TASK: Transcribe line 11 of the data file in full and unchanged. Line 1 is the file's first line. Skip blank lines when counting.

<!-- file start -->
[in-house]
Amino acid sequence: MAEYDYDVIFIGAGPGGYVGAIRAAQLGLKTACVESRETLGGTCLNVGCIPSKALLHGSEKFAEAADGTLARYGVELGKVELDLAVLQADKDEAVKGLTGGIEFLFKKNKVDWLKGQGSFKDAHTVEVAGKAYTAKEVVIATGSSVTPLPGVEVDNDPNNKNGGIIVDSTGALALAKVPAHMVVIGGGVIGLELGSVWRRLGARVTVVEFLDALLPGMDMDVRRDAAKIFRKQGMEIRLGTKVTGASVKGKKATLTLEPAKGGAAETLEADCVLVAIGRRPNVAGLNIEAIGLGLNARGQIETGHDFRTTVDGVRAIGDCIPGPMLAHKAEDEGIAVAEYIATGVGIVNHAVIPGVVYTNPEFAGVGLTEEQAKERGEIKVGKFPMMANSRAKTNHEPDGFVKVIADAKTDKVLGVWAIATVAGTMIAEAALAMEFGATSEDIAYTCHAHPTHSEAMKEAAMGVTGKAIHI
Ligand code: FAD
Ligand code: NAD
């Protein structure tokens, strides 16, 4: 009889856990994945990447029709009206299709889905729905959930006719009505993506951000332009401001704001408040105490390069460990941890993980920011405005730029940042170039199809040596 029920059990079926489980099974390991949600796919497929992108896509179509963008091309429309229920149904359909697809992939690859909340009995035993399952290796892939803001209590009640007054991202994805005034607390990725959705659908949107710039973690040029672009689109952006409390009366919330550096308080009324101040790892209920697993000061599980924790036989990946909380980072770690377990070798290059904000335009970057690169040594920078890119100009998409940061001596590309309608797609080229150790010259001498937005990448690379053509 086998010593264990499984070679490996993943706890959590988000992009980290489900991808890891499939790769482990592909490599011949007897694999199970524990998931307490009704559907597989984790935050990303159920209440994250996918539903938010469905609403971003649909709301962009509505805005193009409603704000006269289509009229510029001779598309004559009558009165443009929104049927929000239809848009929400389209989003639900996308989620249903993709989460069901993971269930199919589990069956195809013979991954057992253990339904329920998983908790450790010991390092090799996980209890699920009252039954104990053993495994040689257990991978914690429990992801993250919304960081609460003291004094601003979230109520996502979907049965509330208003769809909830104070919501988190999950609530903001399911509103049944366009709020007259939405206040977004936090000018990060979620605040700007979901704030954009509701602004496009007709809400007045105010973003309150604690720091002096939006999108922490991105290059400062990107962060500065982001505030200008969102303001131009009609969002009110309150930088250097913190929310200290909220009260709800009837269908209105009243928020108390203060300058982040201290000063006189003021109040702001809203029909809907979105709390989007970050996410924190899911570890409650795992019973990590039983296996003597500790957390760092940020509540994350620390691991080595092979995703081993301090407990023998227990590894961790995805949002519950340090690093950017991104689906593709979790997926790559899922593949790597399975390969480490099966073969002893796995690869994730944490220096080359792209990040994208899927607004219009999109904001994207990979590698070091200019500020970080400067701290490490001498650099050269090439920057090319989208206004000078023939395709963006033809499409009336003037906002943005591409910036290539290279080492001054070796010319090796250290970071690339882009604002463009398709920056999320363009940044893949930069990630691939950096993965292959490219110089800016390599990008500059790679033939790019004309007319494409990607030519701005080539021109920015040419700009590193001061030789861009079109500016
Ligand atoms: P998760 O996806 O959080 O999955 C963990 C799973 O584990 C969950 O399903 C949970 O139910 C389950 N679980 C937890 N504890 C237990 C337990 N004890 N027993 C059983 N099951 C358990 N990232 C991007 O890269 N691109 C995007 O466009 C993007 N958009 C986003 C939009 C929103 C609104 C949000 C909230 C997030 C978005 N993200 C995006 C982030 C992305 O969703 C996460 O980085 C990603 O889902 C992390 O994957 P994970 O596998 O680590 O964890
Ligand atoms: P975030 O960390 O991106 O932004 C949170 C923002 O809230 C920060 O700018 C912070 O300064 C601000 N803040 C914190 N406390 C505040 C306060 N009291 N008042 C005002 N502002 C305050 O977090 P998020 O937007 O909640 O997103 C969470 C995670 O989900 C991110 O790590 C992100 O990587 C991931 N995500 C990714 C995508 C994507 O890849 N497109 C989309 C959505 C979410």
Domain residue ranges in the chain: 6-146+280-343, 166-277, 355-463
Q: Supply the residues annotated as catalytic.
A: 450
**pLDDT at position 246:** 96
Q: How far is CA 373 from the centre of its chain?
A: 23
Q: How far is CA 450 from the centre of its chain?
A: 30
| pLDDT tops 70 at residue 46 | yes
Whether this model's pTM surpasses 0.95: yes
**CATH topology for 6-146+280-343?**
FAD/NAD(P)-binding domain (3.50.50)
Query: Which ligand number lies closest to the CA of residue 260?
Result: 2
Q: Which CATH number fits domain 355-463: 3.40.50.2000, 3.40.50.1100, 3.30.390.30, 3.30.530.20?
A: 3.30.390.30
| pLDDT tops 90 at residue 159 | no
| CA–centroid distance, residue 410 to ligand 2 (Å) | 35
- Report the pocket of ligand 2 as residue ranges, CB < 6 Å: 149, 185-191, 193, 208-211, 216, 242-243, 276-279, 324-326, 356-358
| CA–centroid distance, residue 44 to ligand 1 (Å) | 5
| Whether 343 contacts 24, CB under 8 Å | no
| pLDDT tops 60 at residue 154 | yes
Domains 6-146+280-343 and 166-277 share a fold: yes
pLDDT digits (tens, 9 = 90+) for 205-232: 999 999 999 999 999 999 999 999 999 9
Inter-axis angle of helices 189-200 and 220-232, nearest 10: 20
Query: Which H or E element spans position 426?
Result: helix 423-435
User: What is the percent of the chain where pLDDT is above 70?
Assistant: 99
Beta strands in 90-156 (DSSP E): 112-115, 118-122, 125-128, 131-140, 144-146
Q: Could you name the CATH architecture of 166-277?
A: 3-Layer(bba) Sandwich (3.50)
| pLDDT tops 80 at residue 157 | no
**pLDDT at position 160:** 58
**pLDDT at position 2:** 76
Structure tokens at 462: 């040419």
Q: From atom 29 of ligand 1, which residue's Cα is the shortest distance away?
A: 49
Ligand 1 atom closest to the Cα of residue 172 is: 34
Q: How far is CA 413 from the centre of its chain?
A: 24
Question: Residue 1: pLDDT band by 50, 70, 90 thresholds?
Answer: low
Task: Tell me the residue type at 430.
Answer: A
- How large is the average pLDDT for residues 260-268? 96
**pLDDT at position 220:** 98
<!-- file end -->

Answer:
**pLDDT at position 246:** 96